Study Finds Organizations — And Users — Do Not Prioritize Mobile Security
A Look At How One University Copes
When it comes prioritizing mobile in the enterprise, the bad news is organizations are not. Rather, speed and profits are of greater concern than mobile security for almost one-third of respondents, according to Verizon Wireless’ 2018 annual Mobile Security Index.
The study of 600 mobility professionals also found that 85 percent of companies say businesses face at least a moderate risk from mobile security threats, while 26 percent say it is a significant risk. Meanwhile, 74 percent said their mobile risk had increased in the past year, and 73 percent said they expected it to continue increasing this year. If you’re waiting for the good news...there isn’t much.
“Think about that. One in three organizations that we work with, buy from, turn to for healthcare, and that govern the communities in which we live, have put speed and profit before the safety of their data — and our data,’’ said Thomas Fox, senior vice president of Verizon Wireless Business Group, in a statement. “And that’s just the ones that are aware and willing to admit it. The number could be significantly higher.”
Increased Spending On Mobile Security
Perhaps the somewhat good news, however, is that IDC projects worldwide spending on digital security-related products and services will increase from $83.5 billion in 2017 to $119.9 billion by 2021.
"Three overarching trends are driving security spending: a dynamic threat landscape, increasing regulatory pressures, and architectural changes spurred by digital transformation initiatives," said Sean Pike, program vice president for IDC's Security Products and Legal, Risk, and Compliance programs. IDC expects spending to continue growing, he added, but said organizations continue to actively search for product and service efficiencies that maximize their expenditures “in order to fully address such complex challenges."
Following Security Recommendations
Another eye-opening finding from the Verizon study was that when respondents were asked about four fundamental security precautions (change all default passwords, encrypt the transmission of sensitive data across open public networks, restrict which apps employees download from the internet to their mobile devices, regularly test security), the survey found that only one in seven companies followed all four recommendations.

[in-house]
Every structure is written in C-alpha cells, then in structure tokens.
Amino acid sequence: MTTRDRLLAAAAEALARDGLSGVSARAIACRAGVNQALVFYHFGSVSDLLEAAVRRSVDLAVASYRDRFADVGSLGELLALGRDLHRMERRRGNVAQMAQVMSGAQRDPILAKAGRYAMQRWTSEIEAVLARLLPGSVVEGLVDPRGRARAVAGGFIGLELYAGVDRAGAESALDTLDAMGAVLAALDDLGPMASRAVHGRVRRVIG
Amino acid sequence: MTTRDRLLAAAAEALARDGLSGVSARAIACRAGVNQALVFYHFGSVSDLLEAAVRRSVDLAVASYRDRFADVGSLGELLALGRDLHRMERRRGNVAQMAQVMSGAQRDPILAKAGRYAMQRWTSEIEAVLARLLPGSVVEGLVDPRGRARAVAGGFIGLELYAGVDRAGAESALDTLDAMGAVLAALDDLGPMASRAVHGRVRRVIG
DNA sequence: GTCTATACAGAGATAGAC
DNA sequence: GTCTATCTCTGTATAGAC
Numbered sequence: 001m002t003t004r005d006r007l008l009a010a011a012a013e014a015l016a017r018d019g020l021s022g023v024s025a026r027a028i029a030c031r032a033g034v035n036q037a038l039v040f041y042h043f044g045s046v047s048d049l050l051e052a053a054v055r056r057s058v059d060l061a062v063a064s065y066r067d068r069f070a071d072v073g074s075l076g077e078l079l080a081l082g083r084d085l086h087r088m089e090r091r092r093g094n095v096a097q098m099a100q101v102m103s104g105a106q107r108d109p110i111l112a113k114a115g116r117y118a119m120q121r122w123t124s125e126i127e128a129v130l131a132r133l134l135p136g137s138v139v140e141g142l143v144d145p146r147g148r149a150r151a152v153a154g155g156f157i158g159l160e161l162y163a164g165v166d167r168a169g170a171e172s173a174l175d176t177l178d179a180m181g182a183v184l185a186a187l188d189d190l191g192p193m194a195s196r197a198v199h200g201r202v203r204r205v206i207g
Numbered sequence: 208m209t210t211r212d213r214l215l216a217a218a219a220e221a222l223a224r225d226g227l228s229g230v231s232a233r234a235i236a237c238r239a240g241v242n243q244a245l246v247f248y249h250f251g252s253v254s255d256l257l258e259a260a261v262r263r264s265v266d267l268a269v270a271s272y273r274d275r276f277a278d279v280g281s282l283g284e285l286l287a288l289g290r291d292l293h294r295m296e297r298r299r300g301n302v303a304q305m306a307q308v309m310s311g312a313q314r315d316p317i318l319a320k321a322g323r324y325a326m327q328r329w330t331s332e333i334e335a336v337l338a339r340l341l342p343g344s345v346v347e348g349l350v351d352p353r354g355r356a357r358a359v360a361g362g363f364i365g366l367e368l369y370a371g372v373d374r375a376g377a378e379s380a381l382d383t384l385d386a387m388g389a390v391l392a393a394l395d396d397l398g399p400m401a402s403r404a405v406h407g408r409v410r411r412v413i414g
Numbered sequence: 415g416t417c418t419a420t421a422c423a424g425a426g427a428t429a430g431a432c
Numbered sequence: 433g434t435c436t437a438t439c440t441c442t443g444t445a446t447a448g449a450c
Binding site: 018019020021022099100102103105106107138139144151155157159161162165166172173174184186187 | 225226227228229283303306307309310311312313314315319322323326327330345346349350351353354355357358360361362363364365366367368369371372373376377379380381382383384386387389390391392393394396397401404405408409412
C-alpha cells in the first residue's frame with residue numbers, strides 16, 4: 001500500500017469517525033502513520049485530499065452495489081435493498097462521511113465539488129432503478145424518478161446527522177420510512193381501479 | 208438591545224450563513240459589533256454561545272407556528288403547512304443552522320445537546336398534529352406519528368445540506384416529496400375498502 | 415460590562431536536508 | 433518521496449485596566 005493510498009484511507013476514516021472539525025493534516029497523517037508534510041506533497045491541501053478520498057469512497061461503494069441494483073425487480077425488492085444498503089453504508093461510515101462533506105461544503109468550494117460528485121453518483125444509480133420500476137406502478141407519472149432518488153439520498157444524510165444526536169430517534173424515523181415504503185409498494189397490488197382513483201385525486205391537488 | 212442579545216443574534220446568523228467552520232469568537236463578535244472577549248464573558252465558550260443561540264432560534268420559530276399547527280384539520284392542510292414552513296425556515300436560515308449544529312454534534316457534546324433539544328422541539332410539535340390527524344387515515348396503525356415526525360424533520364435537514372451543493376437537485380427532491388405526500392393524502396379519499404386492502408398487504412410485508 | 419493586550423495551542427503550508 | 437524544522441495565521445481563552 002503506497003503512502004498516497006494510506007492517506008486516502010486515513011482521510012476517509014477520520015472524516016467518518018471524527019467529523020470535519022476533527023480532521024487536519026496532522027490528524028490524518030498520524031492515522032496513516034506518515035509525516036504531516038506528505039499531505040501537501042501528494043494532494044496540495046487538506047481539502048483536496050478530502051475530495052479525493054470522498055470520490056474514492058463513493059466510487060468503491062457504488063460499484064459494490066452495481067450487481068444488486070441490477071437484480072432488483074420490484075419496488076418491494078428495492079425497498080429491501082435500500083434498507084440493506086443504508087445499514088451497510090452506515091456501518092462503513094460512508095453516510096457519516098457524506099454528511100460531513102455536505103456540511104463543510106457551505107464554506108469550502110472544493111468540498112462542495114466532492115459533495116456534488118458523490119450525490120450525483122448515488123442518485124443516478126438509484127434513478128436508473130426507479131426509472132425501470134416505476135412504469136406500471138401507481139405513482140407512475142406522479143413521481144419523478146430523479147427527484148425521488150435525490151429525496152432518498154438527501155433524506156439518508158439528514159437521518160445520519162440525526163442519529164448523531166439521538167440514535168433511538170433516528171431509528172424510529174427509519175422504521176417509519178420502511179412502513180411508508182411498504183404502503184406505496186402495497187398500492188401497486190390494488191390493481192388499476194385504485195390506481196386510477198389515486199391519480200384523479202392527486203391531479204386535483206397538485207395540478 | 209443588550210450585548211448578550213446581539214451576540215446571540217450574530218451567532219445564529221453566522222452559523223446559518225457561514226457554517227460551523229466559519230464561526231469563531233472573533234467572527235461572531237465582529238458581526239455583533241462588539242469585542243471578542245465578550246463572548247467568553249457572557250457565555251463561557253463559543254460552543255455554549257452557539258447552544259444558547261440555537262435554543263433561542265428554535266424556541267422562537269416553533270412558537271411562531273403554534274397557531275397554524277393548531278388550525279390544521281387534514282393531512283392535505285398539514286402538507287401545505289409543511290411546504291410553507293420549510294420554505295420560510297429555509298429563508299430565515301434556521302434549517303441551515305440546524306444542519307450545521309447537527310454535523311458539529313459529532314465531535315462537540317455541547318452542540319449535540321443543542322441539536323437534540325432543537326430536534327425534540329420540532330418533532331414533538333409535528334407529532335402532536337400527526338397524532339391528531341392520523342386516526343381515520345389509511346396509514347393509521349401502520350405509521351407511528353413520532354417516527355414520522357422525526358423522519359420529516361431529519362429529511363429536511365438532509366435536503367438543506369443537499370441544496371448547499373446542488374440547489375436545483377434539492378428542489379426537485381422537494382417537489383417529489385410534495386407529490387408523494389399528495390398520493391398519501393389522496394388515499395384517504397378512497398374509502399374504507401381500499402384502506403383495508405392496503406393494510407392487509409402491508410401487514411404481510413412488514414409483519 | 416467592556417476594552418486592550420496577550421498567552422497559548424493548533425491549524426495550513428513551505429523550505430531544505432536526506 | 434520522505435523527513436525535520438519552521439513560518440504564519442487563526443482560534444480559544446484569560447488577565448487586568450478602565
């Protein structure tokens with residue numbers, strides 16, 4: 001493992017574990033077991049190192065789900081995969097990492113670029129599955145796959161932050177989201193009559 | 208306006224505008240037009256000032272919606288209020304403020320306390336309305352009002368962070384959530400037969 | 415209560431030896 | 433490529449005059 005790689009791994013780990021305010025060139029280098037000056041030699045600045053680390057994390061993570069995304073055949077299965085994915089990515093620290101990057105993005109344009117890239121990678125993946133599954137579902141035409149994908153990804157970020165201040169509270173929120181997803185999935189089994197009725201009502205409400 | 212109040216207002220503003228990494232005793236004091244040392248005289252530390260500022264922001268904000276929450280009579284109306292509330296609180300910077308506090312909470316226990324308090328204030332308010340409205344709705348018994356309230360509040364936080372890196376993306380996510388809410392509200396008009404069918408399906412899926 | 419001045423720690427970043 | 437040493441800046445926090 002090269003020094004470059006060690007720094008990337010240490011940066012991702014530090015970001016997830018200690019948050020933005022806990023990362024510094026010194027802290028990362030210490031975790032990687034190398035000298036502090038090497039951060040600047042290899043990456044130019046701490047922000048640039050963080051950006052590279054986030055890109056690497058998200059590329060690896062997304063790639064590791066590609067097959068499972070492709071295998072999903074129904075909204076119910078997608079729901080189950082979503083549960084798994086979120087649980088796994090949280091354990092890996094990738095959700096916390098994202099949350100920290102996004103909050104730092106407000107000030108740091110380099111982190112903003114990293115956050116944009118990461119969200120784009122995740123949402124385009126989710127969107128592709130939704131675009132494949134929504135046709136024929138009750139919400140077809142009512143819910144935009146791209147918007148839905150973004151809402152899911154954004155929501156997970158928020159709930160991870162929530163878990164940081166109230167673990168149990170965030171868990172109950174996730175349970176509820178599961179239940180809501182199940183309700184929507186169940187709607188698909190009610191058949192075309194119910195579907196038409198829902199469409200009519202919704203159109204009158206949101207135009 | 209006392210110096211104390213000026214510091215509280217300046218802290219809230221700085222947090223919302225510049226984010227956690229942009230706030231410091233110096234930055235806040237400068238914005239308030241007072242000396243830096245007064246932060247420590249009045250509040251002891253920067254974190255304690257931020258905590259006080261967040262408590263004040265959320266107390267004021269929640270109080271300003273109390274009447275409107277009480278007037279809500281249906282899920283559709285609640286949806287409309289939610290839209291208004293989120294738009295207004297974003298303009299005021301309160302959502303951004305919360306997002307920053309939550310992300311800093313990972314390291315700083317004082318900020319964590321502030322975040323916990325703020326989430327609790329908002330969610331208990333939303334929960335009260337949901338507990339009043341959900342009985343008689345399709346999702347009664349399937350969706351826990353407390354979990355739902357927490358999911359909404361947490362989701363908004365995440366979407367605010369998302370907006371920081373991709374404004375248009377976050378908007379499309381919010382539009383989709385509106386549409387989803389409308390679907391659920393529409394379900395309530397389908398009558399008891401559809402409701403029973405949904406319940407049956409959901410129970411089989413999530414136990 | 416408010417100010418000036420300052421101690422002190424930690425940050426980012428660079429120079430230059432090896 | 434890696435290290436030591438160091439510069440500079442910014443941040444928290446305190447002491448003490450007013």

These issues are something Bob Turner takes seriously. Turner, chief information security officer at University of Wisconsin-Madison, is tasked with managing some 100,000 endpoint devices — which he defines as anything that is not a switch or router. This includes laptops and smartphones, IoT sensors, surveillance cameras, tower servers, cloud/virtual components, classroom and network connected printers, access control systems, imaging devices, and mobile display devices around campus.
Recently, IT started an endpoint management initiative to “rationalize the endpoints we have and tools we have in place,” says Turner, who is also director of the Office of Cybersecurity, Office of the CIO and Vice Provost for Information Technology, and an Enterprise Digitalization contributor.
IT is currently piloting a mobile device management platform to figure out how to best identify all endpoints, whether direct connections, corporate owned mobile devices or BYOD. This is a multi-year effort, he adds.
“My Cybersecurity Operations Center team runs a daily play that examines traffic and indications of compromise that our tools show,’’ says Turner. “That play takes several staff hours per day, depending on the volume.”
Students, faculty and researchers often make managing mobile endpoints more of a challenge. But Turner says his team has worked to make people savvier, so they don’t fall prey to phishing schemes that lead to ransomware demands.
“We have a community that understands the value of data and they are highly sensitized to social engineering through phishing,’’ he says. “Our recent testing in this area shows that less than 5 percent of those receiving the test e-mails actually respond or click on links within the phish.”
Generally, users understand the need for security — with some coaching required to ensure compliance, he adds.
See Related: Cyber Security Mid-Year Snapshot 2019
Best Practices For Mobile Security
Turner suggests some improvements, such as users managing their passwords; using sound data storage practices; appreciating the value of the security controls offered; and communicating when they are not sure of the right application of policy and tools.
He is not surprised by the Verizon study findings, and says security is one of many considerations higher education leaders need to address as part of the business of teaching, learning, research, and outreach.
“It does not surprise me that trade-offs are made to ensure the classrooms continue to learn and research continues to make new discoveries,’’ he says. “While not in a ‘continuous state of crisis,’ cybersecurity becomes a concern when the availability of data or information systems interrupts the business.”
Turner has deployed a set of best practices for protecting mobile users at the university. The biggest one is to funnel mobile users through a common set of network-based security controls (firewall, intrusion detection and intrusion prevention) and application level security processes, he says.
“We are also improving our security awareness and training programs to promote better cyber hygiene — that awareness is common between mobile users and directly connected network users.”
This article was originally published on Enterprise Mobility Exchange.